U.S. consumer credit rose less than expected in June, Federal Reserve data showed on Wednesday, as loans for items such as cars and education increased while credit card use fell by the most in a year.

Total consumer installment credit increased by $13.8 billion to $2.8 trillion. Economists polled by Reuters had expected consumer credit to rise $15 billion during the month.

"I think this report speaks to a well-functioning credit marketplace," said Ezra Becker, vice president of research and consulting at TransUnion in Chicago.

"Lenders are offering more credit, and consumers are using it without an over-reliance on credit."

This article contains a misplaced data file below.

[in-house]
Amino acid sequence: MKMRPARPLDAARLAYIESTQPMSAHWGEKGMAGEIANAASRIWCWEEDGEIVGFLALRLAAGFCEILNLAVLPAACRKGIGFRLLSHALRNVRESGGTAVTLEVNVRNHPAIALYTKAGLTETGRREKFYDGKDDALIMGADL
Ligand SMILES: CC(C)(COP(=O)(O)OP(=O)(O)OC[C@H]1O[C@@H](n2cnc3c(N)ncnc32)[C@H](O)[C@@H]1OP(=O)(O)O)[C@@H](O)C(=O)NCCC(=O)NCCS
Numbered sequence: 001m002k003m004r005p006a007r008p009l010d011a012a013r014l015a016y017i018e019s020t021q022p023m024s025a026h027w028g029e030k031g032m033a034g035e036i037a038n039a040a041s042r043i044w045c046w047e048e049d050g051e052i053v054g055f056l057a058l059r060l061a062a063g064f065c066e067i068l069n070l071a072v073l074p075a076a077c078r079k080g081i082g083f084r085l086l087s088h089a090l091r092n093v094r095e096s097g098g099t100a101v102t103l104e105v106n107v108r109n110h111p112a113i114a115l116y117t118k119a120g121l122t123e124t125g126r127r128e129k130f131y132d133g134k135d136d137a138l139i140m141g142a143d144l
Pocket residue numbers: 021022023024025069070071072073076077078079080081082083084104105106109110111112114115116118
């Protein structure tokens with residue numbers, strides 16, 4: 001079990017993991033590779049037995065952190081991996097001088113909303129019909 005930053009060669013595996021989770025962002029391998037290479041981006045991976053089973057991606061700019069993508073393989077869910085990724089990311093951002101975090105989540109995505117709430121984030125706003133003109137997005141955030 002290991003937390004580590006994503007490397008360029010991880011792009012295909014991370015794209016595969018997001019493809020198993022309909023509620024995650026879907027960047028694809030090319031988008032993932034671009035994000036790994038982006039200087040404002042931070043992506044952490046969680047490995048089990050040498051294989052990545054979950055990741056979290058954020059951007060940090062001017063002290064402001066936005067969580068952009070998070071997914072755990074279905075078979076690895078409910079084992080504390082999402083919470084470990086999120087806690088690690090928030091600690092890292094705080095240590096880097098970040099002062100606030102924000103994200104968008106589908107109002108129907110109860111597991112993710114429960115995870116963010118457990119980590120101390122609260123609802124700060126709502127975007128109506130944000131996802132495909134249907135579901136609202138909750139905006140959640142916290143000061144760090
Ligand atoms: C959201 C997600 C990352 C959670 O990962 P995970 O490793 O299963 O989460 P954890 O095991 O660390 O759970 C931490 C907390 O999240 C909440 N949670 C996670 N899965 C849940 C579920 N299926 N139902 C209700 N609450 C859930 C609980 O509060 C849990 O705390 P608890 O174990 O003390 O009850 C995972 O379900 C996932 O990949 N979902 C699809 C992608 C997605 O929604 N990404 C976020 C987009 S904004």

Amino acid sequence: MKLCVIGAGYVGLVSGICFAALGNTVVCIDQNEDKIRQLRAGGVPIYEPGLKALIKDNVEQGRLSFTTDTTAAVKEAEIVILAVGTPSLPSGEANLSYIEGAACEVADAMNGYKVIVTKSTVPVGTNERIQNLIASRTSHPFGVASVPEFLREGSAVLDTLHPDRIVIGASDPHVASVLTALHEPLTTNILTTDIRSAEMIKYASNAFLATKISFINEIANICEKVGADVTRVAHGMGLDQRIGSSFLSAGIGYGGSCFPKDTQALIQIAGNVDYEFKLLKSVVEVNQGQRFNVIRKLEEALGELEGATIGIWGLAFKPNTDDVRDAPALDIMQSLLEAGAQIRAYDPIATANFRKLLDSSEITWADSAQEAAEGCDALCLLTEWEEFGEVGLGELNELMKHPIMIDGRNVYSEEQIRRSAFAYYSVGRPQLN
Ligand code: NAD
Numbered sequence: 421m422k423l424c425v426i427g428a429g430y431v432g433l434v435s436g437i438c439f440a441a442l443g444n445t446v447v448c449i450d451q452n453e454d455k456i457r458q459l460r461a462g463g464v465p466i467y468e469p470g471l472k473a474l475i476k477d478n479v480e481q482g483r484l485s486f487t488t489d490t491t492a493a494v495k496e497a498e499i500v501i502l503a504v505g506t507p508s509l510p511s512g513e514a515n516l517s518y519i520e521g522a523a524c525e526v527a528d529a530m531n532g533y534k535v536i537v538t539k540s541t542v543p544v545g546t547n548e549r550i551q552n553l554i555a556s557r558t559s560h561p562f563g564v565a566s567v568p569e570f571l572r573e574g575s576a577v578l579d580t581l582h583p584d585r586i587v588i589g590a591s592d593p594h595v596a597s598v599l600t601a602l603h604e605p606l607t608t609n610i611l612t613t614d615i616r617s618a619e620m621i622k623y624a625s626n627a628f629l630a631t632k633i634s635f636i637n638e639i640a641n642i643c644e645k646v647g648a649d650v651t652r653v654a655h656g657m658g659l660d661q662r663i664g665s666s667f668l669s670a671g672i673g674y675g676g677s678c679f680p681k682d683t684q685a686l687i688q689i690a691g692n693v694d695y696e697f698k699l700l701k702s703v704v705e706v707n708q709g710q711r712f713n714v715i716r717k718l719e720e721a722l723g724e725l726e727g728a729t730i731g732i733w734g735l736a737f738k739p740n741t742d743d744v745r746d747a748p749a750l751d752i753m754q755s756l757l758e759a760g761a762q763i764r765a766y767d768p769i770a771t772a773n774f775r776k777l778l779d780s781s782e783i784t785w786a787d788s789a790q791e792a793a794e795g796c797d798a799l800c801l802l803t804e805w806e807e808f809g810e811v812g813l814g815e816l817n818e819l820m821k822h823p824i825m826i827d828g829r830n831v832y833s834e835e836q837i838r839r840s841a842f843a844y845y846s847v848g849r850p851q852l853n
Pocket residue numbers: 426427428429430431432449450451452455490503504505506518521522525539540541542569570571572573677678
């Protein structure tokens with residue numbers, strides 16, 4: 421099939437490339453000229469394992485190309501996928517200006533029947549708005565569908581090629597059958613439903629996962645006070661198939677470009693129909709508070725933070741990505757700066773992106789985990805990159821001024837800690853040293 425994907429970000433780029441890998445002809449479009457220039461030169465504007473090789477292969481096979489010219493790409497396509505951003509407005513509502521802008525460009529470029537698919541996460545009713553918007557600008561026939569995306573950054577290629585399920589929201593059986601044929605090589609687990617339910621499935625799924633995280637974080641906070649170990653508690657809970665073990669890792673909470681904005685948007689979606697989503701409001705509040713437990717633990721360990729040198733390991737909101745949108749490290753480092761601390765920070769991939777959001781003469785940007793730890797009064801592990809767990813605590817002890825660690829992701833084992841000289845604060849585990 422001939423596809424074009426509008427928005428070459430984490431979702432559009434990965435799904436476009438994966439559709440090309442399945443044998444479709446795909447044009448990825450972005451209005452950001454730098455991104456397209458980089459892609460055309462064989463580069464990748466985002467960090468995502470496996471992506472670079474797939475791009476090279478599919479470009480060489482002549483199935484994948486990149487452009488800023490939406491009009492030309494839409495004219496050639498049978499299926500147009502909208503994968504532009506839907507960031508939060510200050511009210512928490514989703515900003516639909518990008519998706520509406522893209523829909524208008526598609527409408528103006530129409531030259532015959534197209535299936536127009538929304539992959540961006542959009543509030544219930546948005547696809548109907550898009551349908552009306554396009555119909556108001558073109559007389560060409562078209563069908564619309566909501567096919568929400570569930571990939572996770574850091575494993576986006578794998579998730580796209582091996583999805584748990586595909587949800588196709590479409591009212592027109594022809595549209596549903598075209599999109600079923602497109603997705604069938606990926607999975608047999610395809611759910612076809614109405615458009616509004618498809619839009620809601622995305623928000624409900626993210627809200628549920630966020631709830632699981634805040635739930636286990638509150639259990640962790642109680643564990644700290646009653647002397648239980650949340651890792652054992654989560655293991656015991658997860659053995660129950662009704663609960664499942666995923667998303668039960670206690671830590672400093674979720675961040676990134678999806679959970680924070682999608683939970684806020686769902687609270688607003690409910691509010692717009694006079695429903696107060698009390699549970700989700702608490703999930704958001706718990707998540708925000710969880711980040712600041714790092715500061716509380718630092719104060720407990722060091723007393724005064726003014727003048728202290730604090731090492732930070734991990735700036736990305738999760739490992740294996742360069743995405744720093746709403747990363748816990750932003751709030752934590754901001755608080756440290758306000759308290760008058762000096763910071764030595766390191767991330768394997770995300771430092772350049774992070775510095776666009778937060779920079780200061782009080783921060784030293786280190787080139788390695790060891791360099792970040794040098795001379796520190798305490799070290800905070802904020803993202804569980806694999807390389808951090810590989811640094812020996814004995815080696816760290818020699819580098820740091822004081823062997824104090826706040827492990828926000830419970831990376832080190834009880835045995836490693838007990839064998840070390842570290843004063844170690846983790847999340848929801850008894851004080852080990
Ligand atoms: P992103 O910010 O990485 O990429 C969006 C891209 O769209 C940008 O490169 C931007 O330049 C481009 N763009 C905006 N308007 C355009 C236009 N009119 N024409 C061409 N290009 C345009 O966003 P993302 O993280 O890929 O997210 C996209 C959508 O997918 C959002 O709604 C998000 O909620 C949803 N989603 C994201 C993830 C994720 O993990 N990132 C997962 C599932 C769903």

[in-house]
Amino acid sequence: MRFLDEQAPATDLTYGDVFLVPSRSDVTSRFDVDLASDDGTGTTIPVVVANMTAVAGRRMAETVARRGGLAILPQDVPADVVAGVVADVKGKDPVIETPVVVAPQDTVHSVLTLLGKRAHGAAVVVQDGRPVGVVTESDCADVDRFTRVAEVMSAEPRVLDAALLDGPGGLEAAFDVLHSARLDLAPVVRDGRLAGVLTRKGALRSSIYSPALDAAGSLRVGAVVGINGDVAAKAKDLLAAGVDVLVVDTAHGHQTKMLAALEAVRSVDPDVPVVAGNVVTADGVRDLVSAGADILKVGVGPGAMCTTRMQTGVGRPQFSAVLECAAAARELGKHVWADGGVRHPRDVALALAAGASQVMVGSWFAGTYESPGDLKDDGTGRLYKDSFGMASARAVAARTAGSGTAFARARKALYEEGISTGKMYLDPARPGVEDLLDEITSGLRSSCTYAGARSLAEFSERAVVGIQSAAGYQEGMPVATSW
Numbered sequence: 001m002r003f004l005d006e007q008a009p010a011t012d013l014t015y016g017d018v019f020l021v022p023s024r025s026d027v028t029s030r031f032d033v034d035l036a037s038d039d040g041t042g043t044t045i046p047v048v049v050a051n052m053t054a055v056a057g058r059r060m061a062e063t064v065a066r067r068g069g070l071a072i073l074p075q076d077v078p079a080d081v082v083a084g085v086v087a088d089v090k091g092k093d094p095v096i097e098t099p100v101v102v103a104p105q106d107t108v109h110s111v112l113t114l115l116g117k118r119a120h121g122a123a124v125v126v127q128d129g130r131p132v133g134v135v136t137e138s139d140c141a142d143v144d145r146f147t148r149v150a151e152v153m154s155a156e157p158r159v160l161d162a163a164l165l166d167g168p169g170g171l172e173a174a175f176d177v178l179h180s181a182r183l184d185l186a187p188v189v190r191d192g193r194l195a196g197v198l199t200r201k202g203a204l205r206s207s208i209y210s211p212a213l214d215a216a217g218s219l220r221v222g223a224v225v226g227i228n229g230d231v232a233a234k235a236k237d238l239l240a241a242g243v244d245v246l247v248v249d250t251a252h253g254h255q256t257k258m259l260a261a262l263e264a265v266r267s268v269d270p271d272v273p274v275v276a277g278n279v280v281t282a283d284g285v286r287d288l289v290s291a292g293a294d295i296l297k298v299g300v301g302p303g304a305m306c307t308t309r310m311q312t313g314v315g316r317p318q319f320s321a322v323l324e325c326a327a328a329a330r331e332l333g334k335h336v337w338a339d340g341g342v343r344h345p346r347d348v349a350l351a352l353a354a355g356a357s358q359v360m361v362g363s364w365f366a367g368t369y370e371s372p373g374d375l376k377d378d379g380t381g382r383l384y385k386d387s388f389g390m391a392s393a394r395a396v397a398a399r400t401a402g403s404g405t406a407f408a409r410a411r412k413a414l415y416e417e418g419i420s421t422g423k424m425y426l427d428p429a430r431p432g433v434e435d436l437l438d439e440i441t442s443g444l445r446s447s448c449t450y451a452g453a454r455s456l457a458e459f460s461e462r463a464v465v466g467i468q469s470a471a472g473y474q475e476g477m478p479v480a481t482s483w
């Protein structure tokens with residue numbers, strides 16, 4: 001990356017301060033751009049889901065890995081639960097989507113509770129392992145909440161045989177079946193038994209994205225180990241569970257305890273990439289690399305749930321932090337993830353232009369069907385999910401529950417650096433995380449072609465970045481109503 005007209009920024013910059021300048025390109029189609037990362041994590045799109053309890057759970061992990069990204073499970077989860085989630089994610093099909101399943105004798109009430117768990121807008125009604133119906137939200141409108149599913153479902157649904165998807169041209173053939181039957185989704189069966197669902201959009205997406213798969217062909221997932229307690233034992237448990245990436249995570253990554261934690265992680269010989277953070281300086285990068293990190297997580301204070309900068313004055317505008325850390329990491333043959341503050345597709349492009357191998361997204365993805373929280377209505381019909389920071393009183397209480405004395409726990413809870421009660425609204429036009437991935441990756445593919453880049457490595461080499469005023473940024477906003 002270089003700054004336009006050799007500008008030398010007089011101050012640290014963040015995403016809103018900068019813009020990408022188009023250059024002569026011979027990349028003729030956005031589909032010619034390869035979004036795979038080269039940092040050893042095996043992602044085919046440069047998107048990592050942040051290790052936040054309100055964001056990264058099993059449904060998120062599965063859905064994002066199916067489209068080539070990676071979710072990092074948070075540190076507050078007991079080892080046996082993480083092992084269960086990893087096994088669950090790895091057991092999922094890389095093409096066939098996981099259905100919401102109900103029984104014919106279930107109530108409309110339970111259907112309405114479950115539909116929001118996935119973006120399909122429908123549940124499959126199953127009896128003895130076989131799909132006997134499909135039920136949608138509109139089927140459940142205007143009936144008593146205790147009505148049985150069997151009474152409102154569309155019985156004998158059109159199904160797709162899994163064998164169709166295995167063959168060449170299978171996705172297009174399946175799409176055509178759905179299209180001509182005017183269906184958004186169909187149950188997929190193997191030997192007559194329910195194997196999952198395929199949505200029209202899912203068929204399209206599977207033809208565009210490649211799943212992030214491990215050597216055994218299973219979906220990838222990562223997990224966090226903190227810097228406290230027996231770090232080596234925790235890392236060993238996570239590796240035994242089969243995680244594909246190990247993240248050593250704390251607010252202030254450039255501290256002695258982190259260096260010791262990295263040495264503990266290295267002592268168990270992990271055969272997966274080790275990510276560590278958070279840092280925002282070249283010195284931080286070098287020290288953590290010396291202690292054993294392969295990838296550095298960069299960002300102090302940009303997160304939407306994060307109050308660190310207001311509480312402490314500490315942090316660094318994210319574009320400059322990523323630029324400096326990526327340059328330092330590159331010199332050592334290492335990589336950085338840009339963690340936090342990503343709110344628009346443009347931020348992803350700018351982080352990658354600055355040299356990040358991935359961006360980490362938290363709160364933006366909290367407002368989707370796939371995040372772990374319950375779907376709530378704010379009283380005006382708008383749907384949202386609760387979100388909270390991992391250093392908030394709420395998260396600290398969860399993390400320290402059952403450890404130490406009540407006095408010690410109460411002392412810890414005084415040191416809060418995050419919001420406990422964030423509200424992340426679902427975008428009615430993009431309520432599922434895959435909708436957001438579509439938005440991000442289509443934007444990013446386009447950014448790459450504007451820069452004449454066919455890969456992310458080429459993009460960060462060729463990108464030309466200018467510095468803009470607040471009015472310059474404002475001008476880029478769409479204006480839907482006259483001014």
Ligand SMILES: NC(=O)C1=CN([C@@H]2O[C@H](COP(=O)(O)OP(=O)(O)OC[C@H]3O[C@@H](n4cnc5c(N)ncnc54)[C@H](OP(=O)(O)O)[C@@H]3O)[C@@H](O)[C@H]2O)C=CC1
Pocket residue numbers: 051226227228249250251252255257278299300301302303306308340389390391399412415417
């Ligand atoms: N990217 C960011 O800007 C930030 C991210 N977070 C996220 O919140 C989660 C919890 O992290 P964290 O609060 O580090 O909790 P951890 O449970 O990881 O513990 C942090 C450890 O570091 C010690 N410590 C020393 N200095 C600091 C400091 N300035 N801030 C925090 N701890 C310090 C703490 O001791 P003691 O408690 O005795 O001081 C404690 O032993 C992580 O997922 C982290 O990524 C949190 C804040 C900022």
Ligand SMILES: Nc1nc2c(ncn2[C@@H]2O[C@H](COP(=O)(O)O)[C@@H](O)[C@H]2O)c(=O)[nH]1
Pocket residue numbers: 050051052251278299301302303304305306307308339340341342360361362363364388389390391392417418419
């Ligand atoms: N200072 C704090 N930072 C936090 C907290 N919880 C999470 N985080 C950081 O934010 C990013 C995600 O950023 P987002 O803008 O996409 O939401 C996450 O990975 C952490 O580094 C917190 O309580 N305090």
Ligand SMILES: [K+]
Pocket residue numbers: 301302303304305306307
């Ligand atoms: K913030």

Non-revolving credit, which includes loans for cars and college tuition, rose by $16.5 billion. Revolving facilities, which mostly measure credit card use, declined by $2.7 billion, the most since June 2012.

The report does not cover borrowing for homes, which has grown more expensive as mortgage rates rise on expectations the Fed will scale back its bond-buying program by the end of the year.

Still, demand for consumer lending strengthened across the board in the second quarter, including in the housing sector, according to the Federal Reserve survey of bank senior loan officers released Monday.

There were no signs in the Fed's report that higher bond yields were having a noticeable adverse affect on bank loans.

Non-revolving credit has been strong in recent years, driven by student loans that are issued by the government as part of the health care reform legislation.

Analysts worry a rapid rise in interest rates could undermine the economy's already sluggish recovery from the 2007-09 recession.

(Reporting by Paige Gance; Editing by Andrea Ricci and James Dalgleish)